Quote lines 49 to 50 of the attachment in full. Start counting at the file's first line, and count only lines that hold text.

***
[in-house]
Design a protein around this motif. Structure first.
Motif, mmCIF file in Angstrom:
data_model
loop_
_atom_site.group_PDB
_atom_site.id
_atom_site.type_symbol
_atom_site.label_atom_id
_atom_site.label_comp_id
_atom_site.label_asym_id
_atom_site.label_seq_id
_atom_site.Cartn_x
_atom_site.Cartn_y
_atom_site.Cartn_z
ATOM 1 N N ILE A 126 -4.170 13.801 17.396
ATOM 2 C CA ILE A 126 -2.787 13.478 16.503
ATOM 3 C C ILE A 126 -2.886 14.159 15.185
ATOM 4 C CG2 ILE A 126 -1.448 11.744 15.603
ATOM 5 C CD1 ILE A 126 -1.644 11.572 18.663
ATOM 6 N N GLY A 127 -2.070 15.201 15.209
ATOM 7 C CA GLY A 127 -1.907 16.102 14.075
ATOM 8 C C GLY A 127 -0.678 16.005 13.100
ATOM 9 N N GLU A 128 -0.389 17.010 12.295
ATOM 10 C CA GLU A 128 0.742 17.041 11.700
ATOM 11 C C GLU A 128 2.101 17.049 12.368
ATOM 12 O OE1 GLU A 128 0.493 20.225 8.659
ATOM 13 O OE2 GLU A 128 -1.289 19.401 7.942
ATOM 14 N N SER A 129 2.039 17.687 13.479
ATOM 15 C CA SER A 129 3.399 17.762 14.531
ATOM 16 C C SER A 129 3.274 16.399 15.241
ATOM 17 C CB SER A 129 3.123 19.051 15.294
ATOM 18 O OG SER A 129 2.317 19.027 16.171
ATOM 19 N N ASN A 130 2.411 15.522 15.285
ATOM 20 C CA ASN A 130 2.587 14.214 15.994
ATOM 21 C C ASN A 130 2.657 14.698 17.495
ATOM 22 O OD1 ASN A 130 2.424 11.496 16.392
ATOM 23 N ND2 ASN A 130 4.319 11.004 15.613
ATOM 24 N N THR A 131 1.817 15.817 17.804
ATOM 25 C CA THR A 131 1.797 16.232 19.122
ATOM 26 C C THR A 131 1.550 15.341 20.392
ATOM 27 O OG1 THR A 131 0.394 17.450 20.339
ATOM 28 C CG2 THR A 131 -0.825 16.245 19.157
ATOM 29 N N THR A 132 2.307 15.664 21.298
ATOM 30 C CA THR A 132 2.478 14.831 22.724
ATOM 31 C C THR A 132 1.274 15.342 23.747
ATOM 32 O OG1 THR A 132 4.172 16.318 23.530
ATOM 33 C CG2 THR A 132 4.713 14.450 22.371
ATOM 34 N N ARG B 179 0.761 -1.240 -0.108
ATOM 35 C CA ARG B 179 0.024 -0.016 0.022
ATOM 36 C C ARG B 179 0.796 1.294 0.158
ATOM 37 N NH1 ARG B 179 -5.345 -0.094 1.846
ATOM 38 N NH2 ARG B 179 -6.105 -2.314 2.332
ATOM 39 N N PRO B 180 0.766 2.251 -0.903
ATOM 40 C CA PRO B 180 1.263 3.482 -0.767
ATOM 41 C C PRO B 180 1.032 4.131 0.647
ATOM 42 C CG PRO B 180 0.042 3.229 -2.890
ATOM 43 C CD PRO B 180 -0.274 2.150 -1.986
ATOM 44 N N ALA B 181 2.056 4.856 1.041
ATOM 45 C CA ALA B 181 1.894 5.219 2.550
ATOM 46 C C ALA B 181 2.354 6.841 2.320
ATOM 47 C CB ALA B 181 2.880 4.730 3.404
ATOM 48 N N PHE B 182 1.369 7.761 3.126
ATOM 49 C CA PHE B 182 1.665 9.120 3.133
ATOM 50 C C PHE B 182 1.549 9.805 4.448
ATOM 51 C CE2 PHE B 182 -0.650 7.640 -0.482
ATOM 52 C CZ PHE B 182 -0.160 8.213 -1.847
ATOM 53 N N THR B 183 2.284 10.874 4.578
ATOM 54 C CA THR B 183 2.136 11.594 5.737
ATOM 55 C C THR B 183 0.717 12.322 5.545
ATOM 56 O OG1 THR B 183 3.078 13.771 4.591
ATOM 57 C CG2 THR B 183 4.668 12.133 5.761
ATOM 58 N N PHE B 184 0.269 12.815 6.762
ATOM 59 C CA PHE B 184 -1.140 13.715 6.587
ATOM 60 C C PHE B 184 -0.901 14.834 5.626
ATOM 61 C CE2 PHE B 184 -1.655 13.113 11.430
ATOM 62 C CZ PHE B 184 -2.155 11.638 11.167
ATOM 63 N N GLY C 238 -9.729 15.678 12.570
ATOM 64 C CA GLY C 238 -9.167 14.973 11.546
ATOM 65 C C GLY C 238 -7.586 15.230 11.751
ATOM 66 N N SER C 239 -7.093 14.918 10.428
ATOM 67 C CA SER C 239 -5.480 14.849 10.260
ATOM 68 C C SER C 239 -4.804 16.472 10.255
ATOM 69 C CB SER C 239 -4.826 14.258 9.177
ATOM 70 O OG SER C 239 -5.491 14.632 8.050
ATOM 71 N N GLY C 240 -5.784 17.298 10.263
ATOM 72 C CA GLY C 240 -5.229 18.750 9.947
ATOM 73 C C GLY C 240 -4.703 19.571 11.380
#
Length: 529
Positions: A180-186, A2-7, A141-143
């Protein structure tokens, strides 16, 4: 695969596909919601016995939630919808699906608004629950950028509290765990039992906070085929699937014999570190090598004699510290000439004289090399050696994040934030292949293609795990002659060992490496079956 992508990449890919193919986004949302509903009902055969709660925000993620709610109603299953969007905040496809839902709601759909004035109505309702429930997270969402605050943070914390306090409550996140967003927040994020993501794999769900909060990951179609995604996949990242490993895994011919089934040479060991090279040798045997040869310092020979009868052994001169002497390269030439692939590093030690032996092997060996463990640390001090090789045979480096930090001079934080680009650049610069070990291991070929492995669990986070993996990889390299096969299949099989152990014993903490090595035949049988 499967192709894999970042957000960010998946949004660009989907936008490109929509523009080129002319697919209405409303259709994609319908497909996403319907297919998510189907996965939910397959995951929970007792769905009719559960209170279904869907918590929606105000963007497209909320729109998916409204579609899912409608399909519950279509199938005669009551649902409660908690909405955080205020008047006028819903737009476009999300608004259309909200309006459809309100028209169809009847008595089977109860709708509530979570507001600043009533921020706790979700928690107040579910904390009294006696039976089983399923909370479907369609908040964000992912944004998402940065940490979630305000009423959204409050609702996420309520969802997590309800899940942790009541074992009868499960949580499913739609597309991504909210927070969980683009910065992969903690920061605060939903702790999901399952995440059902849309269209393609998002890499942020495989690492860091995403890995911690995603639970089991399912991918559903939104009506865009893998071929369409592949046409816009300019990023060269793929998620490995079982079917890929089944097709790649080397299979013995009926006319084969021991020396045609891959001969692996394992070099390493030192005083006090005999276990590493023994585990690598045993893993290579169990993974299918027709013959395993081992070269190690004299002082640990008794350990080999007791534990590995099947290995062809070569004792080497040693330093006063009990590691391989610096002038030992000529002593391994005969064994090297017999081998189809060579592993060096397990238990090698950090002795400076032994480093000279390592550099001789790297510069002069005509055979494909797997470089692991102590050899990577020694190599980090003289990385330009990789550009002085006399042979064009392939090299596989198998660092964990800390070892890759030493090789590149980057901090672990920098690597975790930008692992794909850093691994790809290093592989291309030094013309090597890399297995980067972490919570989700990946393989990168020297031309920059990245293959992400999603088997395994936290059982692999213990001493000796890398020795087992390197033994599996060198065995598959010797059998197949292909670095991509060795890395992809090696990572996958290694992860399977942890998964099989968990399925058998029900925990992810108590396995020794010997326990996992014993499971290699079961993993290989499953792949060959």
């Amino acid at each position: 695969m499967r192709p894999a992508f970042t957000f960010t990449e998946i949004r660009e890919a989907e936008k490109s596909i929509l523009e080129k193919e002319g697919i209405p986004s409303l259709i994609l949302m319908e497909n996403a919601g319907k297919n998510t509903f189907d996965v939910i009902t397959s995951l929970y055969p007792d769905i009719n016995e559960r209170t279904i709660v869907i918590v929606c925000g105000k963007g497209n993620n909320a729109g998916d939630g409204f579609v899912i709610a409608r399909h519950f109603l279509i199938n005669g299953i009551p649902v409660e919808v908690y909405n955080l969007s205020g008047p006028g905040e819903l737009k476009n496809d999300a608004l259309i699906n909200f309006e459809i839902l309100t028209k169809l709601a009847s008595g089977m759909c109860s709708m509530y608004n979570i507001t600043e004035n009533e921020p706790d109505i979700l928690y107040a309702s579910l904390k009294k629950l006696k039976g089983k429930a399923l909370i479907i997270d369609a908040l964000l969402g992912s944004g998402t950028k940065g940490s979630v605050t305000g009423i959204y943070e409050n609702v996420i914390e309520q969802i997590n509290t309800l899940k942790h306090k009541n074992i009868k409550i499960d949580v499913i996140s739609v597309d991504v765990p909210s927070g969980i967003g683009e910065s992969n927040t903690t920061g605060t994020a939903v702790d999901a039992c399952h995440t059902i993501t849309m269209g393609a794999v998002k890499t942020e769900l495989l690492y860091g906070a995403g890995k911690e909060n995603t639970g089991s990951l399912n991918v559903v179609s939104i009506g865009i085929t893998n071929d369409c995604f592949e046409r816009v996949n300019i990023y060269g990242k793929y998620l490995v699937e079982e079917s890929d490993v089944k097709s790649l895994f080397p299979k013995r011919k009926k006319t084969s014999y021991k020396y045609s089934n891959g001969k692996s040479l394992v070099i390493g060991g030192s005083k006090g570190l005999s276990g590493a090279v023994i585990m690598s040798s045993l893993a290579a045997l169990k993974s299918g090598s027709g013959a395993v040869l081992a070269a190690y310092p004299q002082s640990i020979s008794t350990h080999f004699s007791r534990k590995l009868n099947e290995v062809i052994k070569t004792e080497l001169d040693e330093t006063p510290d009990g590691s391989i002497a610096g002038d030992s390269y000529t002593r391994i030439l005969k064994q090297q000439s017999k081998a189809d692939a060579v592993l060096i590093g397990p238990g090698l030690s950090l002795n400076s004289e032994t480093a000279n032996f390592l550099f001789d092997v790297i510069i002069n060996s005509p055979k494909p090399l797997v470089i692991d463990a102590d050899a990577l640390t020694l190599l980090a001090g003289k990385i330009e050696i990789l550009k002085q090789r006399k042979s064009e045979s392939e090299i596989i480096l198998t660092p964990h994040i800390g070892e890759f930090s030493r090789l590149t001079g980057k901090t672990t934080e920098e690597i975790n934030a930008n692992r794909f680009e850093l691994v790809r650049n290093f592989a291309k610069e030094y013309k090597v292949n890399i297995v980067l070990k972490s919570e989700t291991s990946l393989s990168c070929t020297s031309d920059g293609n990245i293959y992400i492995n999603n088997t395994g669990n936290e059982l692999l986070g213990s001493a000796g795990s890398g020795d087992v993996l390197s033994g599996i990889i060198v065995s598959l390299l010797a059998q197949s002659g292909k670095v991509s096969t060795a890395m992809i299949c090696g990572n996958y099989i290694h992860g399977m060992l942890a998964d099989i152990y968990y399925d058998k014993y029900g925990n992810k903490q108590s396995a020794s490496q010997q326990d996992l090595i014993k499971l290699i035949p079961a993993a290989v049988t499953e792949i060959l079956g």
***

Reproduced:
ATOM 34 N N ARG B 179 0.761 -1.240 -0.108
ATOM 35 C CA ARG B 179 0.024 -0.016 0.022